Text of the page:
jan-Pro 3 of the accounts I have had thru them have canceled--moved or couldn't afford the service. Remember if you buy a $200 account from them 25% goes back to them plus you have to pay Fed & State taxes on the remaining 75% Sometimes you negotiate the 25% number down or to a flat fee but not always depending how bad they need to fill that account. Wasn't impressed with Jan-pro training. Also if you have a beef with them you go to arbitration--they pick the service for that.
Local franchise, to me is a better deal, most of the accounts I did buy from them were pretty good and if there was a problem they usually went to bat for me.
I'm down to my last Jan-Pro account, got a big increase but considering selling the account back to them, maybe just do freelance for them, if the job & terms are right.
Brad BD Janitorial
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post #7 of Old 09-13-2017, 10:45 PM
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Don't waste your money by buying into a franchise and paying out your slim profits in form of royalties each month. Find a way to get accounts for yourself or look into a different business!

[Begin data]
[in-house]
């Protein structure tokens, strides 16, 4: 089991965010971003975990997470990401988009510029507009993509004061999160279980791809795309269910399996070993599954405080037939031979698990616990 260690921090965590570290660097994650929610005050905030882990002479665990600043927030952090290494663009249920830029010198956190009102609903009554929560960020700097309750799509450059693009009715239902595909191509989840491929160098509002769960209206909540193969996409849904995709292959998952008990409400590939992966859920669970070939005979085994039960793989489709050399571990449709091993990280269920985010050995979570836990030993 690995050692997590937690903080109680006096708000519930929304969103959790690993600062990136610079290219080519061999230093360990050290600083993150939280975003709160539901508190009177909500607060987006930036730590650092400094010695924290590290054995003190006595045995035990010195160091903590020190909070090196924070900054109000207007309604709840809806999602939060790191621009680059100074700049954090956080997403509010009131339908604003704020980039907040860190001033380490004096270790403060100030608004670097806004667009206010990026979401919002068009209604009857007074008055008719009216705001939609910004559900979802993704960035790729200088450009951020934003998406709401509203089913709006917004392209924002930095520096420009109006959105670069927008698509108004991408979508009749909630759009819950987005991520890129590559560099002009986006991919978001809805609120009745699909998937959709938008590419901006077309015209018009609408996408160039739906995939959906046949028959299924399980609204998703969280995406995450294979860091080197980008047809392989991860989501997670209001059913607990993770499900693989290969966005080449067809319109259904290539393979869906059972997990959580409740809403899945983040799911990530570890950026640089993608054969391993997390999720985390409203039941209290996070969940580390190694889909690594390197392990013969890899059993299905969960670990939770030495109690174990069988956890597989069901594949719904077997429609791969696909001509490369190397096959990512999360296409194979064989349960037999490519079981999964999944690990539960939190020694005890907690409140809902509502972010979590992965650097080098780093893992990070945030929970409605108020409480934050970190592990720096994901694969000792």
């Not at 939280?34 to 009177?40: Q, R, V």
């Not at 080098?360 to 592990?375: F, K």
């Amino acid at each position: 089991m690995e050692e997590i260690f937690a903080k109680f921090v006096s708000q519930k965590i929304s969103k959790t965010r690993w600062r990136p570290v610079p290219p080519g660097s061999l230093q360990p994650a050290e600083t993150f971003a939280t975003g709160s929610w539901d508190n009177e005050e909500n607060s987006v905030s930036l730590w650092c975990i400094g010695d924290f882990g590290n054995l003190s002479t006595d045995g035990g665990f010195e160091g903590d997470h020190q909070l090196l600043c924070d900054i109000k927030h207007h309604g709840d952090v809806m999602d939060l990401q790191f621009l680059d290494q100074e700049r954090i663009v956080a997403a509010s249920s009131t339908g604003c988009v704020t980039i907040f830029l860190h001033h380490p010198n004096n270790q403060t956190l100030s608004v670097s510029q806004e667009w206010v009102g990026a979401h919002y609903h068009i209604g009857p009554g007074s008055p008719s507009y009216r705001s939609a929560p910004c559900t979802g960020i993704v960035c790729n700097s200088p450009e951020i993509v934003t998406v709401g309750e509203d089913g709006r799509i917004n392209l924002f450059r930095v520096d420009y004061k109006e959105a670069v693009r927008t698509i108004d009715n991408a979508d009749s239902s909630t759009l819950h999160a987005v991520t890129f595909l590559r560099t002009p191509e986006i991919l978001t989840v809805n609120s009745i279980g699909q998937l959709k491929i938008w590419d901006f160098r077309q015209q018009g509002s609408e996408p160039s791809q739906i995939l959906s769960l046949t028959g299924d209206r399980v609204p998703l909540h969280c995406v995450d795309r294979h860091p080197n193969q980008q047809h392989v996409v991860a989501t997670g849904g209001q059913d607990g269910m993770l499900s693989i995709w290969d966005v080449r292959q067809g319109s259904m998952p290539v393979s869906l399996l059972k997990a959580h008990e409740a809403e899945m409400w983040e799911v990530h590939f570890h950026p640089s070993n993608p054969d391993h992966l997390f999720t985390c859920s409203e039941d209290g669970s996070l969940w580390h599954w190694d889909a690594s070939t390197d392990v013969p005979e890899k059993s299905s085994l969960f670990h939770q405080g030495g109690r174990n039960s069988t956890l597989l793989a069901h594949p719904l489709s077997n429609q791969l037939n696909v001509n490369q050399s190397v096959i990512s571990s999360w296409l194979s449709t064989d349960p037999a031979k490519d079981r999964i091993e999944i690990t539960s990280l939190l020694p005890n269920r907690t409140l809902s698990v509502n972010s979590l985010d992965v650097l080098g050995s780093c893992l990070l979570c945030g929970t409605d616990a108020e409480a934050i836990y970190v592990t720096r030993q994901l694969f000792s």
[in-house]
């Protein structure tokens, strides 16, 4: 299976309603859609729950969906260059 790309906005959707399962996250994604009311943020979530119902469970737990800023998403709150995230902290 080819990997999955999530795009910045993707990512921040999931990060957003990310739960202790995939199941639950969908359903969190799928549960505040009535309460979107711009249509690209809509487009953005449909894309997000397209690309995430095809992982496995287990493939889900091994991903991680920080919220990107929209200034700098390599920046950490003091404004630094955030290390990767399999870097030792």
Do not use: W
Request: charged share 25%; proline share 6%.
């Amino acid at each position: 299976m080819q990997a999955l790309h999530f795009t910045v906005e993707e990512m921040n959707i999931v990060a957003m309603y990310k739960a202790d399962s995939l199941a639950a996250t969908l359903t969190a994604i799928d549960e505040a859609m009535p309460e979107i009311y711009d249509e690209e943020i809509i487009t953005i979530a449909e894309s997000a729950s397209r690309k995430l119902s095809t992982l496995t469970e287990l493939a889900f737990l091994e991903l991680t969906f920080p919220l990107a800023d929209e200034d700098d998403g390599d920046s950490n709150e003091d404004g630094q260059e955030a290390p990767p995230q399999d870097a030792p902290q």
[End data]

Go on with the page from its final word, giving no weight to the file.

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www.totalservices.org
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post #8 of Old 09-14-2017, 06:55 PM
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I have thought about this quite a bit. I believe, that if you want to succeed in this business, you DO have to do some of the work yourself, in the beginning. How on earth are you going to understand what your future employees see, do and go through, if you DONT do some of the cleaning at first??? Cleaning is not just a business in order to make money for you. Cleaning has to be somewhat of a passion for you, and if YOU are not enthusiastic about the work how can you expect future employees to be??? If you somehow feel cleaning is "beneath" you, your future employees will pick this up in a few seconds, and they will NOT give you good results. They will feel belittled, and end up resenting working for you. You have to show them that you DO care about results, and if this means pitching and helping them with tough assignments - DO IT. Good managers know how to show employees that hard work and good results are actually worthwhile.
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post #9 of Old 04-17-2018, 09:00 AM
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Quote:
Originally Posted by Cjacks2007 View Post
I am considering starting a cleaning business. Any tips and tricks? Good advice? How much do you need to start off with if you want to start by just hiring people and not actually clean yourself? Also, what about starting off with a franchise like jani king to learn the ins and outs of the business then eventually going on my own? Opinion please!